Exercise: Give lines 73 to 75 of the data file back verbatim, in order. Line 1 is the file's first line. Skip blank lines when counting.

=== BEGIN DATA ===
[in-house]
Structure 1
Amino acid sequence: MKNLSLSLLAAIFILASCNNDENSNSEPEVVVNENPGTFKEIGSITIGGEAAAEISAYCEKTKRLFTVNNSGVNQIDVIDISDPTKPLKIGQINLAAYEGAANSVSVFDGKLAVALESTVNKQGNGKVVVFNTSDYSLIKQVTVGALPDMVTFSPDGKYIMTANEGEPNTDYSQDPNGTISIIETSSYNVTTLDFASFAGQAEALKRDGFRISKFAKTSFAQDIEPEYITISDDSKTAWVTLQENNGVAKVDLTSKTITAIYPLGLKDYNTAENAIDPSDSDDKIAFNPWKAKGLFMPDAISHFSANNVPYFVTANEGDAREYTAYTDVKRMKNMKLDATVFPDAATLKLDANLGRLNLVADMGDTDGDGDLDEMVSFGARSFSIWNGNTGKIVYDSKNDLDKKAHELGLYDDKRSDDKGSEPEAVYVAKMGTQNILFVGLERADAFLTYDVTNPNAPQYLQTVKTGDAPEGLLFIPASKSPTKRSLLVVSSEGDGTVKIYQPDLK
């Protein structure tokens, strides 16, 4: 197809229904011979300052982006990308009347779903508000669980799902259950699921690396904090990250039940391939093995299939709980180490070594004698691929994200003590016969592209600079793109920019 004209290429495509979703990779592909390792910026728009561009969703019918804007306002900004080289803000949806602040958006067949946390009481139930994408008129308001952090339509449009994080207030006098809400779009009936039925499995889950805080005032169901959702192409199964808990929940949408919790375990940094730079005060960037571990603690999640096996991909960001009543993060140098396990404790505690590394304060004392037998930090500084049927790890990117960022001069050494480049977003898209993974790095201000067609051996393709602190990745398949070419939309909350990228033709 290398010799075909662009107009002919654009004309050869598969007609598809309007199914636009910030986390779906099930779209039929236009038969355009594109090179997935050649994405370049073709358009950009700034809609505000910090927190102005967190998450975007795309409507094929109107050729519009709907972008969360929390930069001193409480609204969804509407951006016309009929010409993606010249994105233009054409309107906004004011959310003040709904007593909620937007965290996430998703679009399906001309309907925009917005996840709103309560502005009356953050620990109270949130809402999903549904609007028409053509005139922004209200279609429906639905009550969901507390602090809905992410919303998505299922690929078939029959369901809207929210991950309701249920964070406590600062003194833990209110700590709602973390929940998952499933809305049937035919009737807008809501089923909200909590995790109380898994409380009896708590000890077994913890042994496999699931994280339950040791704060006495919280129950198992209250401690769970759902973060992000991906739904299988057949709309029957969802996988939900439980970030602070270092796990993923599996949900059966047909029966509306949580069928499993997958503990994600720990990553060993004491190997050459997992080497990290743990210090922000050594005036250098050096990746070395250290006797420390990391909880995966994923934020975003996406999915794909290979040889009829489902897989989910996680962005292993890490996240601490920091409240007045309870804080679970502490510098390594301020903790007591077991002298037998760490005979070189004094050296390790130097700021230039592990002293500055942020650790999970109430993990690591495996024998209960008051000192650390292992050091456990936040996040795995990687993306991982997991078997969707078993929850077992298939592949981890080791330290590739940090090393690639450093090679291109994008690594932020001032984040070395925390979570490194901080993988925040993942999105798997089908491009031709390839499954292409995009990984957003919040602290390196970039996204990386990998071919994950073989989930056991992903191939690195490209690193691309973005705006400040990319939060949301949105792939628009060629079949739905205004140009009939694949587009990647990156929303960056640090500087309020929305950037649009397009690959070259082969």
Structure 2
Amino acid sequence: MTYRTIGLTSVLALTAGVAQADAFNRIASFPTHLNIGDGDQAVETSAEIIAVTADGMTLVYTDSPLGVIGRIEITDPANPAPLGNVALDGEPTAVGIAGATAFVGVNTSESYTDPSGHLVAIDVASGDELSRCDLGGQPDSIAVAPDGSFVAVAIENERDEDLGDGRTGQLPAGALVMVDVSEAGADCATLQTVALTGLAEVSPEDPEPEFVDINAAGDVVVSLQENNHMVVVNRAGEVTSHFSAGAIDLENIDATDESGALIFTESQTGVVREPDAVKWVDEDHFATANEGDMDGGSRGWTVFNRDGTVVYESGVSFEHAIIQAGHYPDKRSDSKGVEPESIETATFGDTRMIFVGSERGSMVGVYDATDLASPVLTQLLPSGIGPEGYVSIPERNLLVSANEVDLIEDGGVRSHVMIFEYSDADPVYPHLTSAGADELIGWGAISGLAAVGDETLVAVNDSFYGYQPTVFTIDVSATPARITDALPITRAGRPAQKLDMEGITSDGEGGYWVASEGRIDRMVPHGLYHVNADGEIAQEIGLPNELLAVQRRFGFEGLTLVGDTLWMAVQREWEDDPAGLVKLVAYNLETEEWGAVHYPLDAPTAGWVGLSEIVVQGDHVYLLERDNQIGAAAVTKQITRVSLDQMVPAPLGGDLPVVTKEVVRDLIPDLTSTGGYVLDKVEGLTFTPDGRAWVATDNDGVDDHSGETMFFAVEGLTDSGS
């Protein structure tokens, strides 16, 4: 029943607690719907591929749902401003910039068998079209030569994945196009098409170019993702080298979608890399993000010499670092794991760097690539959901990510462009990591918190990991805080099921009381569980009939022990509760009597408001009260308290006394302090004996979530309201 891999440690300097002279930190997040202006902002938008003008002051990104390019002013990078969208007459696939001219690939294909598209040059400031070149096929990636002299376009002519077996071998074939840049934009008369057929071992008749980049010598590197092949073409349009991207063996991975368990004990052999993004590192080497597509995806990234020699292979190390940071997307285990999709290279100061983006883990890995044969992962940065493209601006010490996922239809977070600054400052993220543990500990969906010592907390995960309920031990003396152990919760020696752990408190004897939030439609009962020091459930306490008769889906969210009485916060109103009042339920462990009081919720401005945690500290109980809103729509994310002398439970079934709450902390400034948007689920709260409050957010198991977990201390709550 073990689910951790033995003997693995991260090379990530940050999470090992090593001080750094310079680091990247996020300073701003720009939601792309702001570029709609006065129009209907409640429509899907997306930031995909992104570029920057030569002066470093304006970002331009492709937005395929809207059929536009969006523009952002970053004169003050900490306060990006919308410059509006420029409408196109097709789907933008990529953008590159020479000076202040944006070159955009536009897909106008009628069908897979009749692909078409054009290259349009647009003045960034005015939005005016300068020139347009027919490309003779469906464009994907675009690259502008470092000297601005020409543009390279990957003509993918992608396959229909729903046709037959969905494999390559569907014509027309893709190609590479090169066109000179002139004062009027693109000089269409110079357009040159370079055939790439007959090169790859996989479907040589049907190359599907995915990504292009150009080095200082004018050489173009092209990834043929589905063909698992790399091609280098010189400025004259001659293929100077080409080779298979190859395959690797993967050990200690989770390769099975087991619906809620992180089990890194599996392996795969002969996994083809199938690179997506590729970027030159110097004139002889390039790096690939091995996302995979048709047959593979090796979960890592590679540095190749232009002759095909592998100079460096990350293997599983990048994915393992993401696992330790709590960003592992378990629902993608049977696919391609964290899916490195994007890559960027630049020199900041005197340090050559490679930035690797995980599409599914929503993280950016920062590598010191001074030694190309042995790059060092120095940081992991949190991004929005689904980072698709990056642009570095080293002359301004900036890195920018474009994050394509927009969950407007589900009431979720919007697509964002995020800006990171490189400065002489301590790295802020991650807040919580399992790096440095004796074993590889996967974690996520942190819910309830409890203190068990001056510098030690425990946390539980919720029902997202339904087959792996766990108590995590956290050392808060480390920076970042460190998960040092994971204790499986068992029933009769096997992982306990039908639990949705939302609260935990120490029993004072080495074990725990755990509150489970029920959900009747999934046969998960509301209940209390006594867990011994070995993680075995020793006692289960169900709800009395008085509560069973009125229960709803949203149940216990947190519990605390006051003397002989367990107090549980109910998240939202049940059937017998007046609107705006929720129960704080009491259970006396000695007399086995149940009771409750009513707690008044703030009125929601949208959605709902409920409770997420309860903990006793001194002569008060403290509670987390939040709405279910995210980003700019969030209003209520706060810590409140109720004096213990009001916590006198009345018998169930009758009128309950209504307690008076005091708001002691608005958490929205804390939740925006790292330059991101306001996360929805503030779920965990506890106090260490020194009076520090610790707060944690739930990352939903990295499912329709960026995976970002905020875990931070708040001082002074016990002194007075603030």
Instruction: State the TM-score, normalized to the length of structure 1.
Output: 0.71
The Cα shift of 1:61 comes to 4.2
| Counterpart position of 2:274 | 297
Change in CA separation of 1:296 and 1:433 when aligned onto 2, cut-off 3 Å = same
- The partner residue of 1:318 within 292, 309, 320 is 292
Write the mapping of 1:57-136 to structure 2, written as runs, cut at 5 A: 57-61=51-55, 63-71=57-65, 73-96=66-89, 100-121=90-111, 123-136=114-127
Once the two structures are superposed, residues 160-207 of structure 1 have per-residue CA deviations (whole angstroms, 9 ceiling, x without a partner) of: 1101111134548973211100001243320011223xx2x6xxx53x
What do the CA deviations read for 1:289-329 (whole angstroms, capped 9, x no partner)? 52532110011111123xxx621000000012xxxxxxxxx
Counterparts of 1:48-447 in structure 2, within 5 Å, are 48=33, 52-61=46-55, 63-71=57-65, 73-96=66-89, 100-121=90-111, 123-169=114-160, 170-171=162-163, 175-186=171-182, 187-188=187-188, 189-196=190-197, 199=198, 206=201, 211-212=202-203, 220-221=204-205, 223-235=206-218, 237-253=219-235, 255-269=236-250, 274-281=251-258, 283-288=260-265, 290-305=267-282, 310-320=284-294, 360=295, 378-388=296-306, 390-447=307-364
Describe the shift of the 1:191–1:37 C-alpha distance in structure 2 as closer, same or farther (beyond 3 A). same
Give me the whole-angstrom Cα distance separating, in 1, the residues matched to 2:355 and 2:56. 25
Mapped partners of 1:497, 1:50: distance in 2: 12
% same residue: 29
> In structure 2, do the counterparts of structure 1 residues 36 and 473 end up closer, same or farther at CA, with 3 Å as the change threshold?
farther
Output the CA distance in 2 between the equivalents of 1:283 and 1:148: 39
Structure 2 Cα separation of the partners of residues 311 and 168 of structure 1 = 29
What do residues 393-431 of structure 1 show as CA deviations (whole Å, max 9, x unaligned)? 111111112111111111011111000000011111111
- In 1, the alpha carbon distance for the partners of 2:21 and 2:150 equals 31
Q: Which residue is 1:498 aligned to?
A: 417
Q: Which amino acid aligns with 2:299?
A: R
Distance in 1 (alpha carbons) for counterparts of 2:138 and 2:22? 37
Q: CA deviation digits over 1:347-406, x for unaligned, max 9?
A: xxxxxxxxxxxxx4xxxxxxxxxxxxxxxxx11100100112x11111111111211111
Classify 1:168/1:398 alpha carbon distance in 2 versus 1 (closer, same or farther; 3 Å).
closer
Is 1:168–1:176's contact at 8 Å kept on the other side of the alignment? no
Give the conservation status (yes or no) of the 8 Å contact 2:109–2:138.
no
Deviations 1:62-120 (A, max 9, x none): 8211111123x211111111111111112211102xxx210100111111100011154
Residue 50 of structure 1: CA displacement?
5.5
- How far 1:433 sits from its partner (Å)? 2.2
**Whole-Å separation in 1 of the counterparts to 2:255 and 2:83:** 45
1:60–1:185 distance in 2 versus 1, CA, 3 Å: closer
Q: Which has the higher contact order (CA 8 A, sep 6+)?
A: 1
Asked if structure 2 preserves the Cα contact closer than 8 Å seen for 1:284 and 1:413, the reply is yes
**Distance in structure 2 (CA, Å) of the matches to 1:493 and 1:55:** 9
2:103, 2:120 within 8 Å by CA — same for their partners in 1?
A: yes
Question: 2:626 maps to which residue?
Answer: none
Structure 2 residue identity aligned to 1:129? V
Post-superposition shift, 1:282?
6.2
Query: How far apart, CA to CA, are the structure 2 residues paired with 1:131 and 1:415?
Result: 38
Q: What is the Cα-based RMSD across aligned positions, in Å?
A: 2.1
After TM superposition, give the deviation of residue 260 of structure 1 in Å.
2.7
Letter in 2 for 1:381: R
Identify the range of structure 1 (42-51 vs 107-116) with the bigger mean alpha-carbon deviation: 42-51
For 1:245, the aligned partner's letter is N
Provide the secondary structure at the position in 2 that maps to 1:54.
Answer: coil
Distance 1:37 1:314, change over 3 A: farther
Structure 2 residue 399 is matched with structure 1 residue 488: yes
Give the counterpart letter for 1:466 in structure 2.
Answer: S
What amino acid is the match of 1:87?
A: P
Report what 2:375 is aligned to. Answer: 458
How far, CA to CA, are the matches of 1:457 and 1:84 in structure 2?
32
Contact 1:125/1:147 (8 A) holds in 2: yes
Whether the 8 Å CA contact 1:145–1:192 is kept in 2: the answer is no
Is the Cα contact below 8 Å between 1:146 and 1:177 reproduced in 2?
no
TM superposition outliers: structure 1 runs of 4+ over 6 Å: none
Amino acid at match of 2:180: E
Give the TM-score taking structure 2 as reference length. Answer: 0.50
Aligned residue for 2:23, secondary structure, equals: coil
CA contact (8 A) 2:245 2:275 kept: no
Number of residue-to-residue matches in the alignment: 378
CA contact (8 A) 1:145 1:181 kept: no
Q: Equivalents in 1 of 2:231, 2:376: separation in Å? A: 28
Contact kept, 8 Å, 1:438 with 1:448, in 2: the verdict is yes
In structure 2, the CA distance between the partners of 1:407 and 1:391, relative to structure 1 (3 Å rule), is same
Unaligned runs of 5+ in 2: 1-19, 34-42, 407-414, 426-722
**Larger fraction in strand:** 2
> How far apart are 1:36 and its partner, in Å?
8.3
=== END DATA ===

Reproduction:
A: P
Report what 2:375 is aligned to. Answer: 458
How far, CA to CA, are the matches of 1:457 and 1:84 in structure 2?